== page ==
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In My Words/Joyfully Called to Mission

As I pen this letter, I’ve just returned from the Association of Catholic Colleges & Universities annual meeting in Washington, D.C. – a gathering of leaders in Catholic higher education from around the world. I came back with even more enthusiasm and optimism than usual, with an ever more expansive lens on how and why our tripartite mission – unapologetically Catholic, Norbertine and liberal arts – has never been more essential. Has never, in fact, been more relevant in this world. Has never been more clear and vibrant, radiating into and out of every single thing we do here at SNC.

As I shared at the ACCU conference – in a presentation about mission-centered leadership – we at St. Norbert have intentionally created mission radiance. Our mission, ever ancient and ever new, shines splendidly and brightly. It guides our every decision, from curricula to hospitality, from service-learning to athletics, and from care for the whole student to care of our campus. From the smallest acts (knowing our students by name) to the weightiest decisions (creating college policy and crafting strategic direction), we purposefully lean on this profound sense of who we are – who Norbert of Xanten and our founders called us to be.

Colleges that take mission lightly, weaponize it or disingenuously apply it are struggling. They will falter, if they haven’t already. Many will eventually close. Colleges like ours, because we take mission radiance very seriously, are thriving. We remain not only relevant but revered; we generously study and embrace our 900-year-old Norbertine charism and history while continually animating our core values in ever new ways.

Without question, the greatest joy in my daily work is observing how even the most routine aspects of life on campus are saturated with evidence of our mission shining broadly and brightly. We authentically and collectively embrace mission.

Of course, our mission radiates through our professors and their care for students. As art professor Father Jim Neilson exuberantly asserts: “Our mission is authentically revealed by those too-numerous-to-mention moments wherein we connect deeply and powerfully with the heart, mind and soul of each person within our community.” Indeed. And we see our mission woven into every discipline across the curriculum as faculty challenge students to integrate faith and reason – a key feature of the Catholic intellectual tradition.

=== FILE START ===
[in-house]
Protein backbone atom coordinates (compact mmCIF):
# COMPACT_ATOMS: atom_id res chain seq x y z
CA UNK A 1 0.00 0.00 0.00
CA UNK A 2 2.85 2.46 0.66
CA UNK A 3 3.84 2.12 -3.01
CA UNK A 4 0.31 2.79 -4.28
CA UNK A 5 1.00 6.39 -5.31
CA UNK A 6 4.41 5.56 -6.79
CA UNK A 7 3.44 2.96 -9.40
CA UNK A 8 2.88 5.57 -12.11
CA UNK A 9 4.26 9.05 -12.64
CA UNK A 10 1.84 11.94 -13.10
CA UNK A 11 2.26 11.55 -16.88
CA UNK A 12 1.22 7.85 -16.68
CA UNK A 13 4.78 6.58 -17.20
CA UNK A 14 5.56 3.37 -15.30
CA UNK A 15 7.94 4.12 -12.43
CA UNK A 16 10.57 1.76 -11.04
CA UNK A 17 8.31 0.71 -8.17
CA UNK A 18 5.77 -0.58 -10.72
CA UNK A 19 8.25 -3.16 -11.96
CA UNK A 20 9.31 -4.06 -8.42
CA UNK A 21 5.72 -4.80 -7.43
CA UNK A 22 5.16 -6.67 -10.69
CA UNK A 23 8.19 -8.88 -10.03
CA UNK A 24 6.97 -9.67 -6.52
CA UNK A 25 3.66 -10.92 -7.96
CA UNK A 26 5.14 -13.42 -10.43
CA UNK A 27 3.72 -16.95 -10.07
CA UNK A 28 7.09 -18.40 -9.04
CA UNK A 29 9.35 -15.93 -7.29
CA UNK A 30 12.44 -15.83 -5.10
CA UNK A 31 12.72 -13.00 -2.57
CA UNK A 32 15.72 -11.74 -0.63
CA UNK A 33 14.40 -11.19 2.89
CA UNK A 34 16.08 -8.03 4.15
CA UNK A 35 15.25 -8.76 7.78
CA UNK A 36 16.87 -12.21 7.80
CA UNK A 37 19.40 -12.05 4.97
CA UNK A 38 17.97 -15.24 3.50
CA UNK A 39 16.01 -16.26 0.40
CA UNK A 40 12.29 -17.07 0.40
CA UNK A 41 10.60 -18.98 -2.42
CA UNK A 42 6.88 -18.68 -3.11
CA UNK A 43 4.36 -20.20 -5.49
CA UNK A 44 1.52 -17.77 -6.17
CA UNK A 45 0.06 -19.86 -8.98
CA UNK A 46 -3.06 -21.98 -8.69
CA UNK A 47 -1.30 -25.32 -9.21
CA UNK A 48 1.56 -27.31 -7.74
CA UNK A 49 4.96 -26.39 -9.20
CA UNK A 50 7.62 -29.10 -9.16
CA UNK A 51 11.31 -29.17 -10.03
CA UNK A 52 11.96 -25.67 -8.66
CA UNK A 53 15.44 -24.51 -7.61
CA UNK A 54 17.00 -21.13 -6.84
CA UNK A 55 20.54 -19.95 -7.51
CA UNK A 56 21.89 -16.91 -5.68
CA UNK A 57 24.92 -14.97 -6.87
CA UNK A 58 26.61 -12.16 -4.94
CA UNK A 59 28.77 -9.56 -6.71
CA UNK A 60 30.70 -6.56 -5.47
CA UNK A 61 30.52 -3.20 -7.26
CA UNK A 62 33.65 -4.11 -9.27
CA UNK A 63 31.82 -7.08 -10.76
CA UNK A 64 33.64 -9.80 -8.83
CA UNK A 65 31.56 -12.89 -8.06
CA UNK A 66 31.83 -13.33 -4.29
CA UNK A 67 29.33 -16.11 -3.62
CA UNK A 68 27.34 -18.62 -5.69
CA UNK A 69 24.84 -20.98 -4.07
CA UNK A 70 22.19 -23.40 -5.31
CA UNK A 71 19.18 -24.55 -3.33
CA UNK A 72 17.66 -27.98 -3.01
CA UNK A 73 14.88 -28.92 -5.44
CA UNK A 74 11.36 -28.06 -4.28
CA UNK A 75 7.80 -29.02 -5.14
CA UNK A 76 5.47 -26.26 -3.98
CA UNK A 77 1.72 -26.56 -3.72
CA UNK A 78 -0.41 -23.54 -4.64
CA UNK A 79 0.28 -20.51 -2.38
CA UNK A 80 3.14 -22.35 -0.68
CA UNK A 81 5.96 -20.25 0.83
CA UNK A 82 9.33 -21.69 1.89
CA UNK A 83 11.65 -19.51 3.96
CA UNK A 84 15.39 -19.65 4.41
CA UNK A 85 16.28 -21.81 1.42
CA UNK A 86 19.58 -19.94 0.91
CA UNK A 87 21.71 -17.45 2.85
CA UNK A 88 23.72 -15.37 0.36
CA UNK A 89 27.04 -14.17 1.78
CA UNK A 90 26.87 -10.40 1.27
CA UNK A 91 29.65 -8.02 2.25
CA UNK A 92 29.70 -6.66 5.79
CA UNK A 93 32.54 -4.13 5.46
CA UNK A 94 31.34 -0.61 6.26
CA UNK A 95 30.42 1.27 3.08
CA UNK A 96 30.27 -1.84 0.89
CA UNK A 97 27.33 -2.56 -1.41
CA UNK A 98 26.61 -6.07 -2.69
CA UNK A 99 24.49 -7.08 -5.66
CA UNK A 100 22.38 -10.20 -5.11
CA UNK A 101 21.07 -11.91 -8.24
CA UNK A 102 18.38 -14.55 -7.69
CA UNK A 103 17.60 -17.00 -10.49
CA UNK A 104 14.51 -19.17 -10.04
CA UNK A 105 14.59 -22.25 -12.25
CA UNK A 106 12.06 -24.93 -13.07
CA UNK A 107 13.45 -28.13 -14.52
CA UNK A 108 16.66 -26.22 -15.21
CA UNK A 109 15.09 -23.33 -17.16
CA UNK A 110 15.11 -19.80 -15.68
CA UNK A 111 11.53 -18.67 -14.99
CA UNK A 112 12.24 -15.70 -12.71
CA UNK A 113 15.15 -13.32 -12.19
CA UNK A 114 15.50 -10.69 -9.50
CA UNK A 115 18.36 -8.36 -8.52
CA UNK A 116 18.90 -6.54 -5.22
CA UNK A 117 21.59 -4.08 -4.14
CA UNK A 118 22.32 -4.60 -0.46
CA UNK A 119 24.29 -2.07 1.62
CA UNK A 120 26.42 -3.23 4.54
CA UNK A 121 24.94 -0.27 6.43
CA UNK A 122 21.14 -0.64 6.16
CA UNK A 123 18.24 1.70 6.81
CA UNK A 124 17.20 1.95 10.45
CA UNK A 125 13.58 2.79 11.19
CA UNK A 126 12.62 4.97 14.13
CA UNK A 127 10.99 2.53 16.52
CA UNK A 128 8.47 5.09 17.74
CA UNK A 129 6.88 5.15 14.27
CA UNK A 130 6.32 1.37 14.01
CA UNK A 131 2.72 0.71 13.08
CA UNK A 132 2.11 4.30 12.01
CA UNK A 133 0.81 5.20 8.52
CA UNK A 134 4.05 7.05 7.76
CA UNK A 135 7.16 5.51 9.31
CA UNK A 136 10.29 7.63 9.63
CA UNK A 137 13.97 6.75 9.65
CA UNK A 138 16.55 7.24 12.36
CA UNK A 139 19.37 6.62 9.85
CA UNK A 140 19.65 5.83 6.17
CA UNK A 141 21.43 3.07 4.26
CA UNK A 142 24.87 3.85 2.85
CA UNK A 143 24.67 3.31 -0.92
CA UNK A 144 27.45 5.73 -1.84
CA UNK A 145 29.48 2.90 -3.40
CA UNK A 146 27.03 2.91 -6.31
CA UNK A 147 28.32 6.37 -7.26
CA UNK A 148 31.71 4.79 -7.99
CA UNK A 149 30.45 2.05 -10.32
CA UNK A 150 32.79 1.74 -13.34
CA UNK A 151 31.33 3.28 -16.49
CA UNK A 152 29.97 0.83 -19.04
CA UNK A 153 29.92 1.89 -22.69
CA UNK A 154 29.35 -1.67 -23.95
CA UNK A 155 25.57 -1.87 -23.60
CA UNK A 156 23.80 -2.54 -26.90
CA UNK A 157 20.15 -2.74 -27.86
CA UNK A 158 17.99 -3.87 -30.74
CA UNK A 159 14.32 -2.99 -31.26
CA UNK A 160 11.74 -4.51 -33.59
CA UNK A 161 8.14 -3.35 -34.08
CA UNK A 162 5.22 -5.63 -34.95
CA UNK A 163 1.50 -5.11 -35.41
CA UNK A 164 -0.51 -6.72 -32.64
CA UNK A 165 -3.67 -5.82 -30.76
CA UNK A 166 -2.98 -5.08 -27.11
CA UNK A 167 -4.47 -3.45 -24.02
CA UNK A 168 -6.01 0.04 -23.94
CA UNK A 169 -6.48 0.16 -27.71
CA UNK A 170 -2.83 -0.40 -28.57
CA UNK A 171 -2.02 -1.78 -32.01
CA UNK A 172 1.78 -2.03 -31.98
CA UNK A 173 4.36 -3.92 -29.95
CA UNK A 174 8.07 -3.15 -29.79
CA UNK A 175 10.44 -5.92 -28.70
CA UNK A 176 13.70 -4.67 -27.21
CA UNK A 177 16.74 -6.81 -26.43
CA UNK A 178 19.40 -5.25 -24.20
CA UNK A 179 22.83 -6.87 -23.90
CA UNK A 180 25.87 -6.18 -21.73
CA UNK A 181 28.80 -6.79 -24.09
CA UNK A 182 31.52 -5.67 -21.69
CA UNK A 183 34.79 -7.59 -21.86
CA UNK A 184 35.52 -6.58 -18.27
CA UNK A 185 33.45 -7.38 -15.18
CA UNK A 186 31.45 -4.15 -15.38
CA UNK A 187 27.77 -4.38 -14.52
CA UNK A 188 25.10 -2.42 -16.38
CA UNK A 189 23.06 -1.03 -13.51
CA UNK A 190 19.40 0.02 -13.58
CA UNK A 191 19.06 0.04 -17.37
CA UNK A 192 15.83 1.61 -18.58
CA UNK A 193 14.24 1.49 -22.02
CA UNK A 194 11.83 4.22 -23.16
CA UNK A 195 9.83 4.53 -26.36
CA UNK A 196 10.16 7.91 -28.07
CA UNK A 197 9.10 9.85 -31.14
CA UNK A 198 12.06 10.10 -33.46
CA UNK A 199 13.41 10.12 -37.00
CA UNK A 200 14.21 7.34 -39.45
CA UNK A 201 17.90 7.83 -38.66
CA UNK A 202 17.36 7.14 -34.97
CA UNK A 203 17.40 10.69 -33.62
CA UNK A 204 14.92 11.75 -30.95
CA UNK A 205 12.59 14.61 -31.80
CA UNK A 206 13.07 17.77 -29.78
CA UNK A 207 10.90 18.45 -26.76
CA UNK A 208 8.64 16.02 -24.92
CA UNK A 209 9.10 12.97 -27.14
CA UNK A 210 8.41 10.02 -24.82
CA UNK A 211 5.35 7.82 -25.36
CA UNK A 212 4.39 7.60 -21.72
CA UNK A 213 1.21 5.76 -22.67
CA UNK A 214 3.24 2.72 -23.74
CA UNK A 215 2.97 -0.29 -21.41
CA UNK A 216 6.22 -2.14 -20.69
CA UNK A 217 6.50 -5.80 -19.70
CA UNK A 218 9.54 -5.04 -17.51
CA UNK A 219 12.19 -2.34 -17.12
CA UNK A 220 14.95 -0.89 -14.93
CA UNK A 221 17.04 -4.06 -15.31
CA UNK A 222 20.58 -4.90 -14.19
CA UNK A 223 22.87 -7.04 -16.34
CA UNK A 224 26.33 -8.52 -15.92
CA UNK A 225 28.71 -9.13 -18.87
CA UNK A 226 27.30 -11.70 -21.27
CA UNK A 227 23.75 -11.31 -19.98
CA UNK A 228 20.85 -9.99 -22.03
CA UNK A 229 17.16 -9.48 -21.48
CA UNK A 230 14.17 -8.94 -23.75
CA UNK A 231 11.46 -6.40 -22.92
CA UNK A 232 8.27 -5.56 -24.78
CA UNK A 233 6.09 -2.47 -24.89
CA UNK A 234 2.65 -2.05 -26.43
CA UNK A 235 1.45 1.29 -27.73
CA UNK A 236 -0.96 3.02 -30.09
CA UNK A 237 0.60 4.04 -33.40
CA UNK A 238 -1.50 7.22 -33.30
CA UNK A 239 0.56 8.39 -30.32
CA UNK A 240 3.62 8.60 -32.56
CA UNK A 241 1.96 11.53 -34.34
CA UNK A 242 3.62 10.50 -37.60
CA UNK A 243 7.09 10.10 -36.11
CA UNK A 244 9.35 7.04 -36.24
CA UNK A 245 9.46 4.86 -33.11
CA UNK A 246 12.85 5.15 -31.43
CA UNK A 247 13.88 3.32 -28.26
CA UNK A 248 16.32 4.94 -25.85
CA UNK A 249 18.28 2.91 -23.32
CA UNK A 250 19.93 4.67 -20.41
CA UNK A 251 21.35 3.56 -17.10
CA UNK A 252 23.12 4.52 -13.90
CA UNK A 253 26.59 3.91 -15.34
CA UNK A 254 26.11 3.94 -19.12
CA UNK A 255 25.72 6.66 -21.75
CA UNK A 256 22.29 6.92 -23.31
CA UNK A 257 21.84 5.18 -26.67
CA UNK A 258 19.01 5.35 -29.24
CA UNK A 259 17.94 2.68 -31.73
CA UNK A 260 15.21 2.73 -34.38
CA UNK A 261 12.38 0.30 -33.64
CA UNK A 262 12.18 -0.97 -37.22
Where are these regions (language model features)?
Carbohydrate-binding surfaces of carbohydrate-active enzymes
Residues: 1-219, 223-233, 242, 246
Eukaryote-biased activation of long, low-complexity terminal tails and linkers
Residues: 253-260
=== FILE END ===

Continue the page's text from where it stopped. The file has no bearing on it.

Particularly exciting is the ongoing work to define an explicitly Norbertine pedagogy. Dr. Mara Brecht and Father Andrew Ciferni explain in “Charismatic Circularity: Lay Faculty, Practices of Transmission and Possibilities for Renewal” (forthcoming in the Journal of Catholic Higher Education) that a Norbertine pedagogy – one that reflects Norbert of Xanten’s own conversion – encourages students to remain open to changes of heart and mind, both large and small. It reassures students that when they face unexpected challenges they should remain encouraged to see new possibilities in unforeseen circumstances. A Norbertine pedagogy actively encourages pausing, contemplating and intentionally carving out time for reflection. It also actively encourages a teaching-learning environment rooted in deep dialogue, one that consistently honors the questions of both students and teachers.

We also see mission in evidence on the courts, in the pool and at the playing fields as our scholar-athletes and coaches care for each other, build respect, strengthen bodies – each a reflection of the Norbertine values of wellness, recreation and action.

Our mission is vibrant, understood and actively lived in every building, every residence hall, every area of campus, and in the good works of our 24,000-plus alumni serving their communities and families around the world. And while we are proud of the work being done to radiate mission – work that began 900 years ago – we also know that only when we actively invest in mission each day – asking how it can be expressed and made manifest in ever new ways – will it flourish for another 900, and beyond. Be assured, we joyfully accept this charge.

March 17, 2020